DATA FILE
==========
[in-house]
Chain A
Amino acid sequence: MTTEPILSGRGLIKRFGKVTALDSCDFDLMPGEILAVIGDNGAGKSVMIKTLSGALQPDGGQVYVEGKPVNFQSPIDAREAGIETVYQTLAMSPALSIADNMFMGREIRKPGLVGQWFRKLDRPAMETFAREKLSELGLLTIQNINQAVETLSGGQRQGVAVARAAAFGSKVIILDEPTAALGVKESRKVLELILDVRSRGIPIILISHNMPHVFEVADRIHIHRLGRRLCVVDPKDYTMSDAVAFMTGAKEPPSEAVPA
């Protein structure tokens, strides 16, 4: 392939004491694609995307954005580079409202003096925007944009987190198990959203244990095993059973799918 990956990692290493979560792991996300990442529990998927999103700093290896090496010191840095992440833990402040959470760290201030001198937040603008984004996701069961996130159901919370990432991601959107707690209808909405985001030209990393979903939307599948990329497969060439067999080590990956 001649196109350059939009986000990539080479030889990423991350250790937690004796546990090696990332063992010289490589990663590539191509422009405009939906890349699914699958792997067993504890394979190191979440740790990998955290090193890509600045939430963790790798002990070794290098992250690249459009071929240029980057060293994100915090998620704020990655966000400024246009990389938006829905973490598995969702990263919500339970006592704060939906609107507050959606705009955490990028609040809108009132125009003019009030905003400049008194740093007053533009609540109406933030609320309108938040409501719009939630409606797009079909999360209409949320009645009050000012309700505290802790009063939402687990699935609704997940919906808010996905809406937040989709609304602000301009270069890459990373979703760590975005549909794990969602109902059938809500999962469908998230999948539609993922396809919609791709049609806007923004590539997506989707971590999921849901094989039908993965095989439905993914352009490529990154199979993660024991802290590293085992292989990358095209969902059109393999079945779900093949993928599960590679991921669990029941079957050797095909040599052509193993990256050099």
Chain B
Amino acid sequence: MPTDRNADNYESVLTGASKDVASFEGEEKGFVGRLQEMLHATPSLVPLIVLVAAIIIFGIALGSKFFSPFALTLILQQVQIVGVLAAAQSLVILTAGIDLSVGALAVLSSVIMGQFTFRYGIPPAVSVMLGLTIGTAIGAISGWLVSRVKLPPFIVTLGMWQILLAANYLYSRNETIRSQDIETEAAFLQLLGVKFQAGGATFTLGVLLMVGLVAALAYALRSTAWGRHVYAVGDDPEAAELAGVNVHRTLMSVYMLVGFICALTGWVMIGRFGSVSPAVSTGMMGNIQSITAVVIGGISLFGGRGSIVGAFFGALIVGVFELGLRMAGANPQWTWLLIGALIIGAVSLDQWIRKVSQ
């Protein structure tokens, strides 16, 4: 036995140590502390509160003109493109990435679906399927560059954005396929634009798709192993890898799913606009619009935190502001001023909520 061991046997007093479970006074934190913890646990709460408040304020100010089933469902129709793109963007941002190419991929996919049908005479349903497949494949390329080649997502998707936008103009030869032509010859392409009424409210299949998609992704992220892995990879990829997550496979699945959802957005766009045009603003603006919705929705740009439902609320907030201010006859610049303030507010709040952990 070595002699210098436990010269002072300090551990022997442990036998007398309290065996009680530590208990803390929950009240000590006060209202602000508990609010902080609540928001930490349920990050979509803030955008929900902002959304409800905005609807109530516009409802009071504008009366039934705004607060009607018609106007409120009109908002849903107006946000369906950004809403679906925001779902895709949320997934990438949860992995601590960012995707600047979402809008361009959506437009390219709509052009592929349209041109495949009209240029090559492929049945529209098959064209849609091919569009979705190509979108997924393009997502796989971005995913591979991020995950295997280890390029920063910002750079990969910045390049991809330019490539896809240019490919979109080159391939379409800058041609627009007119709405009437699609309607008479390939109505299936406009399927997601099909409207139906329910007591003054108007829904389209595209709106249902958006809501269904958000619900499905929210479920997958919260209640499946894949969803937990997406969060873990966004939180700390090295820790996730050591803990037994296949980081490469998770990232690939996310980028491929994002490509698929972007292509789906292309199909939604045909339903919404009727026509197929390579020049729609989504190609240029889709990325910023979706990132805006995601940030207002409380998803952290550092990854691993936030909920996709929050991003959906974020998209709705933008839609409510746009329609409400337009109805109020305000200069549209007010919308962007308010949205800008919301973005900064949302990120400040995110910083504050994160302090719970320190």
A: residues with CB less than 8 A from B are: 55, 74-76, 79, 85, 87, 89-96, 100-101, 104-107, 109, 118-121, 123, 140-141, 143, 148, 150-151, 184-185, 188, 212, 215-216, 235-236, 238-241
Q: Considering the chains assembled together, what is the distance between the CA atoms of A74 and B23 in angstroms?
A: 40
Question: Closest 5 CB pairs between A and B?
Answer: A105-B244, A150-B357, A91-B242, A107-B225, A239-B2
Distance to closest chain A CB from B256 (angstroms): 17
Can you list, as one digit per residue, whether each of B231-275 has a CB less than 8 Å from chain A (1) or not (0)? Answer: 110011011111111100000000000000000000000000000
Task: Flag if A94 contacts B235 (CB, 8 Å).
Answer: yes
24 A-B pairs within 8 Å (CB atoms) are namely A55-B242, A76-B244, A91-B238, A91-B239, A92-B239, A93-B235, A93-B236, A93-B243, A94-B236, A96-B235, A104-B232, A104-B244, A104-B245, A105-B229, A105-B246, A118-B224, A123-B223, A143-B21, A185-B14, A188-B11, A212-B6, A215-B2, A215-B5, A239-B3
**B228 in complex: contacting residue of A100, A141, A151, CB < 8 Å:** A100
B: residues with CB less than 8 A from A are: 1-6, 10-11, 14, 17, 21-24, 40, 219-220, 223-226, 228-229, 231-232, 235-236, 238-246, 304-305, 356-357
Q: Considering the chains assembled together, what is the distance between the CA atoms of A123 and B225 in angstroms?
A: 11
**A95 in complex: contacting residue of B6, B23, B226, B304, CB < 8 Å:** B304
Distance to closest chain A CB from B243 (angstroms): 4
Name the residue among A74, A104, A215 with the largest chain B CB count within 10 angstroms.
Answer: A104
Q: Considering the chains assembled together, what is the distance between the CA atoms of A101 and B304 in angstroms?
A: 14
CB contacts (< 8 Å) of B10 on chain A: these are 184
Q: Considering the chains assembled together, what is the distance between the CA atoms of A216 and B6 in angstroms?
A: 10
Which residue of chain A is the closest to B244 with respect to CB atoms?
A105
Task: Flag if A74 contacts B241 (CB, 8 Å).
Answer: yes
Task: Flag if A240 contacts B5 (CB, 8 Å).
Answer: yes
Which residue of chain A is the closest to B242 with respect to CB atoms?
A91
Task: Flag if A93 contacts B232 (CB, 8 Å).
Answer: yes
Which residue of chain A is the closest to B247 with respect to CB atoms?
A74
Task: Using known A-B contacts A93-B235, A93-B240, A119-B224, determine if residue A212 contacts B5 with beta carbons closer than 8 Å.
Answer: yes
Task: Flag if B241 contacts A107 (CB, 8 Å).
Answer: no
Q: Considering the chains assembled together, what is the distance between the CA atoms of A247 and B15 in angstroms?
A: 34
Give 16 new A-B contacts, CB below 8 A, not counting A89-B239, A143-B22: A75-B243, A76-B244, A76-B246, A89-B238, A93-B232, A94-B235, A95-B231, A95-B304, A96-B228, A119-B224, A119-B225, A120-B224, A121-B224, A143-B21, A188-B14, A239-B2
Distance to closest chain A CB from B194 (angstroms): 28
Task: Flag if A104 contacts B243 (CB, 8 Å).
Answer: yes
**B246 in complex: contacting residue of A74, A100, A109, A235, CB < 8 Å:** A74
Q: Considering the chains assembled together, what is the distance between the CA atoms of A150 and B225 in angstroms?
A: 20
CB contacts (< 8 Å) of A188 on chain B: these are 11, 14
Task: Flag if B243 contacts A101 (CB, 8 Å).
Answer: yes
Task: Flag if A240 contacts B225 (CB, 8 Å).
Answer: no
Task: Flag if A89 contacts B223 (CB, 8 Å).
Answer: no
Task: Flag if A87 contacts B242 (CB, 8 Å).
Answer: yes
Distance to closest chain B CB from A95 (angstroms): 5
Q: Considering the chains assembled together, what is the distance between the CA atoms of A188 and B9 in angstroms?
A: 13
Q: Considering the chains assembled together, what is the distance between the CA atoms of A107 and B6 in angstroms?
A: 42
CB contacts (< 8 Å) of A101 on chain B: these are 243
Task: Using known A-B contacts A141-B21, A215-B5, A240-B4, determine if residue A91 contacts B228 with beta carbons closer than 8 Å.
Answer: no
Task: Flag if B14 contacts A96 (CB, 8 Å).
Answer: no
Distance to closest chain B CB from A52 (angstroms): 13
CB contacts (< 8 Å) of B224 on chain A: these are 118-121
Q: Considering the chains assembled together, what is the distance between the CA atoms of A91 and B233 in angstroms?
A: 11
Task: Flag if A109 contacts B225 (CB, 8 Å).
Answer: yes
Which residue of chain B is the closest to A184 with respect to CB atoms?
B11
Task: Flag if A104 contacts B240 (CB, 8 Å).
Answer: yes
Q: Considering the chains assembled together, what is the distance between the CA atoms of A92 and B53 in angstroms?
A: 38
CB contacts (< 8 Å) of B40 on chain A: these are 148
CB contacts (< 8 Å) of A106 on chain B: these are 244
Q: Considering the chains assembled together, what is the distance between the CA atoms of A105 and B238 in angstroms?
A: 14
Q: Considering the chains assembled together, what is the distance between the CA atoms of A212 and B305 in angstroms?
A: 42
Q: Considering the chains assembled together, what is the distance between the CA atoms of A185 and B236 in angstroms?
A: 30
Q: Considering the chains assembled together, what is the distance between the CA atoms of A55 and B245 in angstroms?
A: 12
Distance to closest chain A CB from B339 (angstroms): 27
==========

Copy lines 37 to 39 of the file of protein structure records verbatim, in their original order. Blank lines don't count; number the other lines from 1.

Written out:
Which residue of chain A is the closest to B242 with respect to CB atoms?
A91
Task: Flag if A93 contacts B232 (CB, 8 Å).